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There is a shadow in the distance. It’s hovering, flexing, fluctuating. Smaller shadows swoop out and rejoin the mass. What is it? The shadow — it’s coming closer. It isn’t a massive shadow. It’s a flock.



Their eyes… Their eyes… They’re red. I stare in horror as the monsters race towards me. “Turn around,” I command myself. My body responds with a violent quiver of fear as beads of sweat begin to march across my body. I collapse. “RUN,” I shout to myself as I desperately urge my body to move. It’s all to no avail. They are upon me — flapping, clawing, and shrieking … pain.



I jerk violently awake, gasping, drenched in sweat, with much protest from my neck. I flail my arms around in every direction at imaginary beasts swarming around me. “It was a dream,” I realize, relieved, still quivering as I recall the dream in horrific detail.
Peristerophobia.
The fear of pigeons.
When I first developed this phobia, this deep-seated fear, I spent my days holed up at home, hoping to find safety from pigeons, yet still haunted in my nightly dreams by the flapping beasts. You may be laughing, and I suppose this phobia does sound incredibly ridiculous, but I promise that this is said in all seriousness. Here’s my story:



It was a normal day in the summer of 2002, just a week after I graduated from second grade. I made my merry way towards a playground nearby my house, just as I had done nearly every day since summer break began. Upon arrival, I inspected the entire park and, having done that, raced towards my favorite part of the playground, the monkey bars. After fighting with the other kids over a spot at the top of the bars and winning it, I stared out lazily above the park, with a pleased smile on my face as I watched the other kids stalk off to other parts of the playground. A slight breeze swept past the playground. I followed the path of the breeze as it rustled past the leaves of the trees and my gaze settled on a flock of pigeons gathering in the corner of the park. Excited, I quickly made my way down the monkey bars and raced as silently as I could towards the flock as I planned my grand intrusion upon their engagement.



I ran into the flock of pigeons, shouting and flailing my arms. The pigeons began trying to take flight but, with their path blocked off by the fence, they had nowhere to go and the pigeons frantically began to hover, pumping their wings up and down as they attempted to gain altitude. Unfortunately, I was stuck amidst all that. This was not the fun and excitement I had imagined. All around me were gray, dirty blobs, flapping and brushing past my face. One flew over my head and its grotesque, gangly, and withered claws caught in my hair, uprooting a few strands.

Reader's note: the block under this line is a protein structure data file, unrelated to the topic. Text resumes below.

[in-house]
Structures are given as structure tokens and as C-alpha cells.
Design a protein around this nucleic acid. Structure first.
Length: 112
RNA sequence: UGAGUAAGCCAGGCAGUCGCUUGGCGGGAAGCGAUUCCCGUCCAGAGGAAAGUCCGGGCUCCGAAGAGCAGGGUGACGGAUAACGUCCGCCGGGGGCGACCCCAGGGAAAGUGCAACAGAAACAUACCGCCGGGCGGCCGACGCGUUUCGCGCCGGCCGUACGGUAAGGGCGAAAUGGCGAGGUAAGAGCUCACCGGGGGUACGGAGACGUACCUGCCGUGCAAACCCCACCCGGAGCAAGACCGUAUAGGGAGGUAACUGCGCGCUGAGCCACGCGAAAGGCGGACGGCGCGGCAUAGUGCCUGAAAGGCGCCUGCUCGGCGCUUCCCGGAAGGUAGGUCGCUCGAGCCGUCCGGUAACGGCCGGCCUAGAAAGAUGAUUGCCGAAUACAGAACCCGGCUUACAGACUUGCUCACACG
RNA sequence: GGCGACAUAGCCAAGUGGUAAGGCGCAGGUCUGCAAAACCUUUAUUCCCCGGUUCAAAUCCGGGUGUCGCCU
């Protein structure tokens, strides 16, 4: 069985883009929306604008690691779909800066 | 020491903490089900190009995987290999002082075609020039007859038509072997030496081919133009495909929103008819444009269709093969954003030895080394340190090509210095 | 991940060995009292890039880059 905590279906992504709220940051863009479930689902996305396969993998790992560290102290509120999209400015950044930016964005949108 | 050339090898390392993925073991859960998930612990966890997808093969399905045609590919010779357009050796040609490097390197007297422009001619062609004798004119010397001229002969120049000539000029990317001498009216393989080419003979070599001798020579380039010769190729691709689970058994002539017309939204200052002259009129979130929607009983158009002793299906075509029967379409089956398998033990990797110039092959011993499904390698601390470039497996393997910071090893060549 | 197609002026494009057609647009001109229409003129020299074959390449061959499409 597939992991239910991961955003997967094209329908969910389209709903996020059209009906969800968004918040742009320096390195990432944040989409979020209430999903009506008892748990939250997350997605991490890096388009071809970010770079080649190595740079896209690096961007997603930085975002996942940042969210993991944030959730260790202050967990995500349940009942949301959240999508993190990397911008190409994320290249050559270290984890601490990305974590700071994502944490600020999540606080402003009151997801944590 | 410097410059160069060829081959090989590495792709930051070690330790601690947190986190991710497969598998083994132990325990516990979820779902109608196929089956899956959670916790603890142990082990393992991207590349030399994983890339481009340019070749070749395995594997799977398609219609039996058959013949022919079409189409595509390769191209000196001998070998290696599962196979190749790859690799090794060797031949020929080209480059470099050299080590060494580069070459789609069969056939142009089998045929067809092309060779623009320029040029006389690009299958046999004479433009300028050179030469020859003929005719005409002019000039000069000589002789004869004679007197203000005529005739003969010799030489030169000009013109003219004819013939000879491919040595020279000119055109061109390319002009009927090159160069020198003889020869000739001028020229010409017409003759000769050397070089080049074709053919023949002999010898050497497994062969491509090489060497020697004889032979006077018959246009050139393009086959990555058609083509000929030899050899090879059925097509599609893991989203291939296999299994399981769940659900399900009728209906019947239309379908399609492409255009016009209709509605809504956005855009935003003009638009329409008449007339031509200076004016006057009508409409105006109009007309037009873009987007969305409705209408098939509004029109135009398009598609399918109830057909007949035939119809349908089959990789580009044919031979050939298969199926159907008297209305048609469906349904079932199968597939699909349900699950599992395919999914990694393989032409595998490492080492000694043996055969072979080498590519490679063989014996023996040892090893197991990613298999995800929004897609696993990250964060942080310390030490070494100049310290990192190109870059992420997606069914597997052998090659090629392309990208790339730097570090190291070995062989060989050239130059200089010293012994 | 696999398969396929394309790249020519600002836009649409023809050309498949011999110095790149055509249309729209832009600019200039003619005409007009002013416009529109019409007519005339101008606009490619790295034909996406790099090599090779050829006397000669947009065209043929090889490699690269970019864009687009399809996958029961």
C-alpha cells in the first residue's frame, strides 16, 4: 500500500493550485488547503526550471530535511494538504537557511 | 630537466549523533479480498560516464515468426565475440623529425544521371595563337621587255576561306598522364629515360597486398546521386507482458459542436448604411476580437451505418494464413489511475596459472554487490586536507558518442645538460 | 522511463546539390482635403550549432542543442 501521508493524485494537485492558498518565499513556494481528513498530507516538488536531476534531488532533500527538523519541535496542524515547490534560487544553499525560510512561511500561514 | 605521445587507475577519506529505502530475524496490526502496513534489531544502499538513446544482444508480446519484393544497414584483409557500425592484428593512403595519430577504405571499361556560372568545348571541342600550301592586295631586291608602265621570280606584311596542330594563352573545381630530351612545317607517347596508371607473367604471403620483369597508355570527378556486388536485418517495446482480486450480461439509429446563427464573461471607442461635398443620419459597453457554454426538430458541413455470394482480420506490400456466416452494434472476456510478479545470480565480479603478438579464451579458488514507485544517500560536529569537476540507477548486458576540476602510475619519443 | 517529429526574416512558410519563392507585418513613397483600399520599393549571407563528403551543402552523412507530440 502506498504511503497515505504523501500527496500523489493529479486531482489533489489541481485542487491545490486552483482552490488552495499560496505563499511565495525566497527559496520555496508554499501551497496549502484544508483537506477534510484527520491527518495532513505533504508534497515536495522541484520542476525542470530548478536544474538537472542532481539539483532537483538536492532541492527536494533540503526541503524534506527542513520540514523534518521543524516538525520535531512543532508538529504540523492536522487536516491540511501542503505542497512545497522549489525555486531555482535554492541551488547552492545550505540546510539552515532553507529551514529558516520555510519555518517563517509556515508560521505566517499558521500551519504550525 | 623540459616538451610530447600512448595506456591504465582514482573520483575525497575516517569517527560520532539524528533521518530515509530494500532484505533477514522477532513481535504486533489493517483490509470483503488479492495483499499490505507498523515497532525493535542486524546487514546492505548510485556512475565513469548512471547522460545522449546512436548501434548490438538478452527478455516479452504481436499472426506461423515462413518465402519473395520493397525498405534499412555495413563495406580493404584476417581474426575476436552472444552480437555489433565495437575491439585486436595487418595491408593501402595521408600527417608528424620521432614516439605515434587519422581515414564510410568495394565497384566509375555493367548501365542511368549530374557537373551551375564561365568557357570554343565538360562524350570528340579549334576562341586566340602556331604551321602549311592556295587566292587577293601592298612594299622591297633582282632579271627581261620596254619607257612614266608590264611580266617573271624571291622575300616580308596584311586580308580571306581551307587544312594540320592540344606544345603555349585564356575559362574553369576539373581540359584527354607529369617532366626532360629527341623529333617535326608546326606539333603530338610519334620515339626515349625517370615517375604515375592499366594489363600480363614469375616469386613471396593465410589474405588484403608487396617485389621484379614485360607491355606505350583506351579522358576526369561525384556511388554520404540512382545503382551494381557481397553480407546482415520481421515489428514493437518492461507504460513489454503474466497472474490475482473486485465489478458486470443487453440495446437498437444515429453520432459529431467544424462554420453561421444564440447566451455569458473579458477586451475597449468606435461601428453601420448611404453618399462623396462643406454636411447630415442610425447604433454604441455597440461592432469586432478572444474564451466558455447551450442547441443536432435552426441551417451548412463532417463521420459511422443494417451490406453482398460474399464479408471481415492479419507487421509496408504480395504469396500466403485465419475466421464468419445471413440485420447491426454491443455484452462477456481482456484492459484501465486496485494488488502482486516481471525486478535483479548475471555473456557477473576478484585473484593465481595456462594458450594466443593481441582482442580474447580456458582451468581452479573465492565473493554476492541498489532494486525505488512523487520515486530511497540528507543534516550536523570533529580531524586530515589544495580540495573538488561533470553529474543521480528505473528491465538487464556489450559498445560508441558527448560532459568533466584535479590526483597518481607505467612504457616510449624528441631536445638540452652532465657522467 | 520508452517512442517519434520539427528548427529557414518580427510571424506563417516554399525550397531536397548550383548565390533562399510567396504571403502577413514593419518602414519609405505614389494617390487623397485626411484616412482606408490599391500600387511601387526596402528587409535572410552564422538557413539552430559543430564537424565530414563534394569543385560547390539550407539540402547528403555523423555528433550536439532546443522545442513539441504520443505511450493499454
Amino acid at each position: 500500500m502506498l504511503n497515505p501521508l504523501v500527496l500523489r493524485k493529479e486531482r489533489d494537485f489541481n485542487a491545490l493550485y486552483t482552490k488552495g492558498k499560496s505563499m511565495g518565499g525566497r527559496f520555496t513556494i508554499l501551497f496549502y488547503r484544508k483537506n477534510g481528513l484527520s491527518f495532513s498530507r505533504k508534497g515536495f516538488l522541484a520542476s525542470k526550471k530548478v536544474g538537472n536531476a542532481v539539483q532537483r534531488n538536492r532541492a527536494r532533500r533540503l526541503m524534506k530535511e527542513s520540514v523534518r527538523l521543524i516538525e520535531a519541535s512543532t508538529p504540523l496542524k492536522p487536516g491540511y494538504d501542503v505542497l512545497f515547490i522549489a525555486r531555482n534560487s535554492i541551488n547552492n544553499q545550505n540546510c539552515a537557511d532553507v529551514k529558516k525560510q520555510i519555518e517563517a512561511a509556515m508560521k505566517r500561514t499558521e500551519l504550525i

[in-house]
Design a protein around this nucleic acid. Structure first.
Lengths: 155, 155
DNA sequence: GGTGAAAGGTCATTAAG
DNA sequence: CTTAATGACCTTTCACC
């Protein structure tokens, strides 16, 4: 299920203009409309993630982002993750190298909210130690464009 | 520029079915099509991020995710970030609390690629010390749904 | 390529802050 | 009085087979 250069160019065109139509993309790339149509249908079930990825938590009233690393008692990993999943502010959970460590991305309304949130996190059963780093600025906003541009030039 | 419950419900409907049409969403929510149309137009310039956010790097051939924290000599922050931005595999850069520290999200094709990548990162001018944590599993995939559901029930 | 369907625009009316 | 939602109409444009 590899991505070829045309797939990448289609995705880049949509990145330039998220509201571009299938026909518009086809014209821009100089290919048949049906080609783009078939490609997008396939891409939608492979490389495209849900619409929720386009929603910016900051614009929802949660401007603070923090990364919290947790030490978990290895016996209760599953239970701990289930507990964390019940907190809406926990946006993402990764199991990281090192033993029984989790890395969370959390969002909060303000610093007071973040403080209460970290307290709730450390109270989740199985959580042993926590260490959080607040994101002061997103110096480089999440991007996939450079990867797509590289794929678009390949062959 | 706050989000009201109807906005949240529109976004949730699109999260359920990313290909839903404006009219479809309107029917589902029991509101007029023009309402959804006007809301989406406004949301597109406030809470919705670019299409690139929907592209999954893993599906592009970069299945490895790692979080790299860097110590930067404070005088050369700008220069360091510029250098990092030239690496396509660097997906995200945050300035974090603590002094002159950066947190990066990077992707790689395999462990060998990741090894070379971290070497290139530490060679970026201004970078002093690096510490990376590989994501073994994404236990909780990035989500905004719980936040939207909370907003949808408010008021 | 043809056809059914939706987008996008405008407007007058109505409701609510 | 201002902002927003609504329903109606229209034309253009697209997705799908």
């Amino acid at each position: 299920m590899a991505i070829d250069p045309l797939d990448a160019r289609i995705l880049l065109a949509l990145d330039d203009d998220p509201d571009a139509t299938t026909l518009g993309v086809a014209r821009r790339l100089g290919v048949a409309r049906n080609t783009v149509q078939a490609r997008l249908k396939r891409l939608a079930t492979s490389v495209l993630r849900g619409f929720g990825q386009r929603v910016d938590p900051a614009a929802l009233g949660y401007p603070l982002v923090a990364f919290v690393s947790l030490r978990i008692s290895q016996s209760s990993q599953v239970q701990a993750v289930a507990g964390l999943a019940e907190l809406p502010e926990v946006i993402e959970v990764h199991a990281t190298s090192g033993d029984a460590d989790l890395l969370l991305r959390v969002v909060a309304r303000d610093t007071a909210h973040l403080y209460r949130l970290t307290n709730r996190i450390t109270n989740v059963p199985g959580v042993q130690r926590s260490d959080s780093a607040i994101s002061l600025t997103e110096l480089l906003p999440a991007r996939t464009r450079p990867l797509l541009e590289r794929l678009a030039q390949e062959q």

I couldn’t fight back. Every time I turned, seeking refuge, another mass of horror was there, waiting. I began to sob, crying out for my mom. I curled up into a ball on the rubber mat as tears, mingled with sweat and a little blood, rolled down my face.

“Were they still there? Are they still going to attack me?” Questions raced through my head as I buried my face into my knees, the sound of flapping wings playing in a loop.

After what seems to have been forever, they left, or so I thought. I tilted my head to the left and peeked out to check. That’s when, suddenly, a shadow surrounded me. I looked up and saw it — the shadow. It was large, angry, menacing. I was blinded by the sun that hovered tauntingly behind it.

“It’s the pigeon leader. It must be back to kill me,” I thought. “Never. I won’t allow that to happen.”

I lunged at the shadow, sobs renewed. I kicked. I scratched. I bit. I couldn’t win, though. The shadow grabbed me. It pinned me to the floor.
“I’m going to die,” I thought. I sobbed harder. That’s when I heard it, though — a whisper.
“What is that?” I thought. I listened harder.
“Look at me… Look at me… LOOK AT ME.” It’s coming from the shadow. I looked and I was shocked. The shadow wasn’t the pigeon leader come to attack me. It wasn’t going to kill me. It was only a stranger that had come to see if I was alright. I cried. When I finally reached home, I holed myself up in my room as I listened resentfully to my parents laughing as the stranger recounted what had happened.

Flash forward — to this day, many people I know tease me about this irrational fear — peristerophobia: the fear of pigeons. Although I no longer quake in fear as I catch sight of a flock of pigeons in the street, I still go out of my way to avoid being near them. I would be perfectly fine with continuing my life with this condition, but I really do wish living in New York, with its pigeon-infested streets, didn’t make living with this phobia so difficult. The pigeons are here to stay and so, too, it looks like, whether I want it to or not, is my fear.





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